House of Open Wounds by Adrian Tchaikovsky
Head of Zeus, hb, £19.99
Reviewed by Sarah Deeming
In the Palleseen Empire’s quest to bring the world into their definition of order, their armies scour the lands for superstitions to irradicate. When the non-Palleseens fight back, the injured soldiers need healing and are taken to the Butcher and his team of medicos for healing. They can deal with everything from broken bones to scorched flesh and blindness because these medicos are the priests and servants of the superstitions the Pals are trying to destroy. This is where Yasnic, God’s ex-priest and healer, finds himself after he is arrested for smuggling forgotten gods out of conquered cities. But this is not Yasnic’s natural environment, the blood, the burning, the broken bodies. His natural inclination is to heal, but his healing comes at a price that a soldier can’t pay: never doing harm again. As unwanted attention falls on Yasnic and his comrades in the medico unit, and it may not be the war that kills Yasnic but the people he is trying to help.
House of Open Wounds is the second book following Yasnic, the one and only follower of God and the Palleseen Empire, who don’t like his sort of magical nonsense; it makes the place untidy. It opens with a punch in the medico tent with the Butcher, a monster of a man who triages everyone who comes into the tent. It is a shocking opening, with the Butcher coldly assessing injuries and sorting people into those needing immediate help, those who can wait for healing and those beyond help. It hooks you into the rest of the story, which does not let up throughout, building tension with graphic descriptions of the horror of warfare, not from the point of view of the soldiers but the people trying to put the soldiers back together.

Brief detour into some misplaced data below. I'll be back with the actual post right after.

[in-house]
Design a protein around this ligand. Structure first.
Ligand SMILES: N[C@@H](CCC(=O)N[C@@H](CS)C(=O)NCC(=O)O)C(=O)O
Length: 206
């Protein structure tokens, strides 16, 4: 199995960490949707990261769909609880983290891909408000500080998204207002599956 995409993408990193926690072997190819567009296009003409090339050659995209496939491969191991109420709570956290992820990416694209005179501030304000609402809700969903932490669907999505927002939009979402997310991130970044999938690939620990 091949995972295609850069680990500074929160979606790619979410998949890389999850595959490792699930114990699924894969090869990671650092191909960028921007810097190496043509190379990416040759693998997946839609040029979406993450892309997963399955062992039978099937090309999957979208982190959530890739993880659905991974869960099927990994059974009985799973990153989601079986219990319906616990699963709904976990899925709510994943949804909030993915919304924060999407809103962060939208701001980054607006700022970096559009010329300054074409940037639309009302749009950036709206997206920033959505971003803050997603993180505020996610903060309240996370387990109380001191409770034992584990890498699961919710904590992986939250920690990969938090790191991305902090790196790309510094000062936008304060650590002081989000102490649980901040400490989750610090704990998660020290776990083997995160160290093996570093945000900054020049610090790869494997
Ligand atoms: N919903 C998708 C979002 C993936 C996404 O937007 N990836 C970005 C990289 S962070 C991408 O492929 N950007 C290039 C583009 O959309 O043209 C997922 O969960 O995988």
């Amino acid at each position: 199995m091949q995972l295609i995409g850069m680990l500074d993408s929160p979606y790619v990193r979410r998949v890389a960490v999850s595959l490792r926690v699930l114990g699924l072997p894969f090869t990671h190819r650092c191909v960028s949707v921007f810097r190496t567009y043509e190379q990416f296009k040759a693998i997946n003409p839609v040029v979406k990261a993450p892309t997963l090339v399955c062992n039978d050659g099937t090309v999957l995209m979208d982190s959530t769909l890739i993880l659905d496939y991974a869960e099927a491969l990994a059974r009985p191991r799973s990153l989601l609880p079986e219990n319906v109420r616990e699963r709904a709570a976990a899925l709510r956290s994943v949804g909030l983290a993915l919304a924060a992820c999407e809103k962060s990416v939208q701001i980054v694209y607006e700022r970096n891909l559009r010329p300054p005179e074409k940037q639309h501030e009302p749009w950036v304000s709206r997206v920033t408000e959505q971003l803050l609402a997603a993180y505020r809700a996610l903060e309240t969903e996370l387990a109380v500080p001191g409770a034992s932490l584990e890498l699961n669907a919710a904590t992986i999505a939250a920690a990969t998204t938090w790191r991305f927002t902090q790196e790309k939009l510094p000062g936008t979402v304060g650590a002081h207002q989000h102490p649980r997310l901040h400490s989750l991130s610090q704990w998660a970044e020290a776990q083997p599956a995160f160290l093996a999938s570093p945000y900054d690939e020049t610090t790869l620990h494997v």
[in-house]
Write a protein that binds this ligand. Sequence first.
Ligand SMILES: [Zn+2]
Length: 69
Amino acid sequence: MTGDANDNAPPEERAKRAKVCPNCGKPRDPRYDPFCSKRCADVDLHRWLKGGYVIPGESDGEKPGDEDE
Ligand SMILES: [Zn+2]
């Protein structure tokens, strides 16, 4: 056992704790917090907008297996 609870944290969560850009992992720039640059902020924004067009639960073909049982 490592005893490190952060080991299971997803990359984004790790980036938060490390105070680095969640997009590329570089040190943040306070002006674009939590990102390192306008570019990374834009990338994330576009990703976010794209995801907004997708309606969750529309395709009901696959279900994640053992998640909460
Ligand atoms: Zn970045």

We delve deeper into Yasnic’s religion and see it from God’s point of view. Yasnic, nicknamed Maric by the Pal’s, can’t help but try and heal the soldiers, but keeping the strict “do not harm to others” condition of the healing is hard for a soldier, and when one dies, Yasnic begins to understand why God doesn’t heal everyone even though he could. But Lidlet, a healed soldier, sets about understanding the rules that now bind her and has a far greater understanding of the religion she is beholden to. The juxtaposition between Lidlet’s and Yasnic’s attitudes to religion is fascinating and keeps the story moving outside the action sequences.
Focusing on the army’s healers is a unique selling point for this book, as they are an underrepresented character set in novels, and these are a ragtag group of individuals who are all in the army for different reasons. Some of them are hiding their gods from the Pals, others feel obliged to save lives, and others are pressed ganged, like Yasnic, to heal or be killed. We also meet officers in the army who skirt on the edge of Palleseen acceptability: a necromancer, a man who drains magical objects of their power to charge other items, and someone who negotiates contracts with demons. Technically, these are not acceptable Palleseen traits; their specialities are too messy for Pal sensibilities, yet they are willing to do what it takes to get the job done. I can’t help but think there is a commentary about armies in general in Tchaikovsky’s portrayal.
My favourite character was a healer called Alv. She can take someone else’s injuries onto herself and then rapidly heal herself, sometimes in minutes, sometimes longer, depending on the injury. She keeps herself aloof from the other medicos while craving their companionship. She is quite a meek character, focused on maintaining balance and not getting involved in any of the politics naturally found in any workplace until the Pals force her to choose a side, and then Alv explodes with power and authority. I loved her transition and the imagery.
I enjoyed the first book in this world, City of Last Chances, but I found House of Open Wounds another step up in storytelling. It is gritty and brutal, with powerful descriptions of war and all its futility. It was impossible to put down and a must-have for any fantasy fan. Highly recommended.